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What Happens When Parents Spend Too Much Time on Cell Phones

Why Being on Your Phone in Front of Your Kids Could Be Much Worse Than You Realized

Parents or caregivers who check their phones in front of their little ones might want to think twice before glancing at emails or text messages.

According to a new study by psychologists at Indiana University, parents whose eyes wander during playtime due to technological distractions might raise children with shorter attention spans. The research shows that attention is affected by social interaction and is the first to outline a direct connection between the length of time a caregiver spends looking at an object and how long an infant remains focused on that object.

"The ability of children to sustain attention is known as a strong indicator for later success in areas such as language acquisition, problem-solving and other key cognitive development milestones," said the study's leader, Chen Yu. "Caregivers who appear distracted or whose eyes wander a lot while their children play appear to negatively impact infants' burgeoning attention spans during a key stage of development."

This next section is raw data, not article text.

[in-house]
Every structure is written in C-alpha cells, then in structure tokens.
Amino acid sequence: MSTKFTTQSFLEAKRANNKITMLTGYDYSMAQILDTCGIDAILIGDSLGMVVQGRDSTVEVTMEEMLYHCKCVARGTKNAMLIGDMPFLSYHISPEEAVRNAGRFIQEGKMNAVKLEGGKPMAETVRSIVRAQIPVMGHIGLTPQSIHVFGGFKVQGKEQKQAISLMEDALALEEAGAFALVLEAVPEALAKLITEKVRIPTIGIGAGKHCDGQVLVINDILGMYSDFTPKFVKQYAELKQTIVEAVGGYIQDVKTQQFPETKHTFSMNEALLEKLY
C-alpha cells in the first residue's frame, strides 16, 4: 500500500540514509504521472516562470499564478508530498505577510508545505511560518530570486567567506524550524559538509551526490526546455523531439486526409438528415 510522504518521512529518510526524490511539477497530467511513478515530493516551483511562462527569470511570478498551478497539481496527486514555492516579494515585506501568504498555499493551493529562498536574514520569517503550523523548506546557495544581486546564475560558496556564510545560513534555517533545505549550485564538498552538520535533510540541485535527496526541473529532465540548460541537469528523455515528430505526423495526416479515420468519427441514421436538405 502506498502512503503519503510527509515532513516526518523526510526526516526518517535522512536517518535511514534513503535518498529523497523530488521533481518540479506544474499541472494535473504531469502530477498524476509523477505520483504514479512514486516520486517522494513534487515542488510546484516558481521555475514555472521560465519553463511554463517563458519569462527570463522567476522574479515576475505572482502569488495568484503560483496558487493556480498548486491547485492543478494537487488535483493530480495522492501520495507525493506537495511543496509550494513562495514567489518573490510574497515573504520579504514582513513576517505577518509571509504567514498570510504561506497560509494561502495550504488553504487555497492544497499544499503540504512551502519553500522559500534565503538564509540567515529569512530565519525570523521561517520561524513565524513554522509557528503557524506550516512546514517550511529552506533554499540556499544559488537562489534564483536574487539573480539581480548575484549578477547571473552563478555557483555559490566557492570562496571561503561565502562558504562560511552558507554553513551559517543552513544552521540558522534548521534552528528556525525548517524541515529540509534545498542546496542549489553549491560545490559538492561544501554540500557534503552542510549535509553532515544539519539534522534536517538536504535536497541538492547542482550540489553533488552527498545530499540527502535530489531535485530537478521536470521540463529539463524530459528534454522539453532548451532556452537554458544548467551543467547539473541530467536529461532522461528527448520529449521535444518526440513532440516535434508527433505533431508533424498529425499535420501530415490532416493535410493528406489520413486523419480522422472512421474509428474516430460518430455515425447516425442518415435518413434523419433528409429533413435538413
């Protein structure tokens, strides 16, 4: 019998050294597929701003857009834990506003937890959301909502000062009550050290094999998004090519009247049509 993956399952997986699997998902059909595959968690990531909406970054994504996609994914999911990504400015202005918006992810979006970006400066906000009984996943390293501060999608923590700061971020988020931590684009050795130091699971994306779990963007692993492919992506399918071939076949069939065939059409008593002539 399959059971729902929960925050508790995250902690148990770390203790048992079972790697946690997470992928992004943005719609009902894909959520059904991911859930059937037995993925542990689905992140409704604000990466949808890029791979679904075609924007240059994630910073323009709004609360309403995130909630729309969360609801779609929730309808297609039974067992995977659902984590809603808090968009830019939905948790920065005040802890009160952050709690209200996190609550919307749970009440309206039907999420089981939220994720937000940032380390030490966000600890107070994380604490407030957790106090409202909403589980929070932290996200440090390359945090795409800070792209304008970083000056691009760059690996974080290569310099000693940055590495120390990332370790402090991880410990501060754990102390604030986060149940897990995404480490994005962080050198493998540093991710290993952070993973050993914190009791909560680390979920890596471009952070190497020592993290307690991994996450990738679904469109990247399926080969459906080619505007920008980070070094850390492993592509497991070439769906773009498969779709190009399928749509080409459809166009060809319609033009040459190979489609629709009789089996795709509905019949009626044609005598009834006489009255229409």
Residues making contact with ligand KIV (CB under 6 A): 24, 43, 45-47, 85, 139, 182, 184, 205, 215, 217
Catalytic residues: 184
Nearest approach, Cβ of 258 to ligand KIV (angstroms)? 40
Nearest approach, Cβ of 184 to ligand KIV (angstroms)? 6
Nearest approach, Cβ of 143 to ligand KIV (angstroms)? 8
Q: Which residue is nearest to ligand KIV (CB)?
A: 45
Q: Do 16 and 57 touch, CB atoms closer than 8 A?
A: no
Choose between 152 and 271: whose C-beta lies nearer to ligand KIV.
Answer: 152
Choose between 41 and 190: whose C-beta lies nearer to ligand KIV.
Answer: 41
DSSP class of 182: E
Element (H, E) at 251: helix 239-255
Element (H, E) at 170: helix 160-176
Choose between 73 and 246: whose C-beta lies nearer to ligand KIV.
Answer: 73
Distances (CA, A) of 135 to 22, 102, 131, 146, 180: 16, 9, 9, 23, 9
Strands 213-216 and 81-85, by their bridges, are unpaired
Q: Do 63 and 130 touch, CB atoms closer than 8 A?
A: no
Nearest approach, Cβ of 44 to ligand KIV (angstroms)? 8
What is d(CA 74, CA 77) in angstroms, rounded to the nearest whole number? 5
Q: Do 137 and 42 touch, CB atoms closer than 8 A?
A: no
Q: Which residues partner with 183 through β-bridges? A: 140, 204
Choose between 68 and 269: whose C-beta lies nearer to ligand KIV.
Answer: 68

The study appears to show that the development of attention span is a social activity performed by two partners because the research illustrates that one person's attention (the parent's) significantly influences the other's (the child). If a parent is constantly looking away to check other things, their infant's focus on particular objects seems to be shorter.

During the experiment, parents and infants wore cameras to give researchers a first-person point of view as they played in an environment that looked like a typical playroom. To ensure that the parents didn't know what was being monitored, they weren't given any instructions.

It was found that during instances when infants and parents paid attention to the same object for over 3.6 seconds, the child stayed focused for 2.3 seconds longer on average even after the caregiver's attention moved on to something else. While this additional time might seem minor, it adds up to nearly four times longer than children whose parents' attention strayed faster. The children with the shortest attention spans were found to be from the group whose parents were not engaged while playing.

"Showing that what a parent pays attention to minute by minute and second by second actually influences what a child is paying attention to may seem intuitive, but social influences on attention are potentially very important and ignored by most scientists," Sam Wass, a research scientist at the University of Cambridge, told the Daily Mail.

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